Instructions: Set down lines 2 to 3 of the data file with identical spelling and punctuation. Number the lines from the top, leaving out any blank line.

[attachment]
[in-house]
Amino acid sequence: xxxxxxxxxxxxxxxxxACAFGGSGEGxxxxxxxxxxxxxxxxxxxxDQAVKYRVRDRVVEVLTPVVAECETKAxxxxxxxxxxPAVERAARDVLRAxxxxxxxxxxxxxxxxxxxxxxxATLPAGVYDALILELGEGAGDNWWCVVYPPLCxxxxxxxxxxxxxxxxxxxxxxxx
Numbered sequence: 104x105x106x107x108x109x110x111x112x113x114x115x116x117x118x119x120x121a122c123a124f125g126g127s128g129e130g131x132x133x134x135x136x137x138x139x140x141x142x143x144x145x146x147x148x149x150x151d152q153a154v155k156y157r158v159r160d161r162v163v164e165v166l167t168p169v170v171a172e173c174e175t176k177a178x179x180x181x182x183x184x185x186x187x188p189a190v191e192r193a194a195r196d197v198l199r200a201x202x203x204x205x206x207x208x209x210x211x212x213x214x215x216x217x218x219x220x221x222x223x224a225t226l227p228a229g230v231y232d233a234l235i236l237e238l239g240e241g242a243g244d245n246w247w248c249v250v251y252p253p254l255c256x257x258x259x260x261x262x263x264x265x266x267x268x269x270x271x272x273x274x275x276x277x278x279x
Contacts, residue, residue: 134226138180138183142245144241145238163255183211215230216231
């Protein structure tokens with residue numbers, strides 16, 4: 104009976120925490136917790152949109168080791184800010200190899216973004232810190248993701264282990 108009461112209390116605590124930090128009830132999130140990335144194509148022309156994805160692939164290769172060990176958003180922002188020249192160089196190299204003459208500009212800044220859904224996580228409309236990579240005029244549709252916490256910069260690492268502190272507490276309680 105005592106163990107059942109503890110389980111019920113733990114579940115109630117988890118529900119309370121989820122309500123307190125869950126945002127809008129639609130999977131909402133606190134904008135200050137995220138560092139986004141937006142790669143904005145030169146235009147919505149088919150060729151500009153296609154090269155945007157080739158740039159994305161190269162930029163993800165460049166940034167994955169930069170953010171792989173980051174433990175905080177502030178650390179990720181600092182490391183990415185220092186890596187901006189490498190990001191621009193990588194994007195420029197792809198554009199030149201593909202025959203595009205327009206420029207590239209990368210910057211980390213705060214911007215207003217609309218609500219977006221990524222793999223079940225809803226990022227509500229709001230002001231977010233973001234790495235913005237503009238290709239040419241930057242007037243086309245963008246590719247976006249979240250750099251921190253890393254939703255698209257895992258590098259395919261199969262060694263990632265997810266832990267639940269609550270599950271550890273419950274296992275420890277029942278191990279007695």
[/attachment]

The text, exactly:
Amino acid sequence: xxxxxxxxxxxxxxxxxACAFGGSGEGxxxxxxxxxxxxxxxxxxxxDQAVKYRVRDRVVEVLTPVVAECETKAxxxxxxxxxxPAVERAARDVLRAxxxxxxxxxxxxxxxxxxxxxxxATLPAGVYDALILELGEGAGDNWWCVVYPPLCxxxxxxxxxxxxxxxxxxxxxxxx
Numbered sequence: 104x105x106x107x108x109x110x111x112x113x114x115x116x117x118x119x120x121a122c123a124f125g126g127s128g129e130g131x132x133x134x135x136x137x138x139x140x141x142x143x144x145x146x147x148x149x150x151d152q153a154v155k156y157r158v159r160d161r162v163v164e165v166l167t168p169v170v171a172e173c174e175t176k177a178x179x180x181x182x183x184x185x186x187x188p189a190v191e192r193a194a195r196d197v198l199r200a201x202x203x204x205x206x207x208x209x210x211x212x213x214x215x216x217x218x219x220x221x222x223x224a225t226l227p228a229g230v231y232d233a234l235i236l237e238l239g240e241g242a243g244d245n246w247w248c249v250v251y252p253p254l255c256x257x258x259x260x261x262x263x264x265x266x267x268x269x270x271x272x273x274x275x276x277x278x279x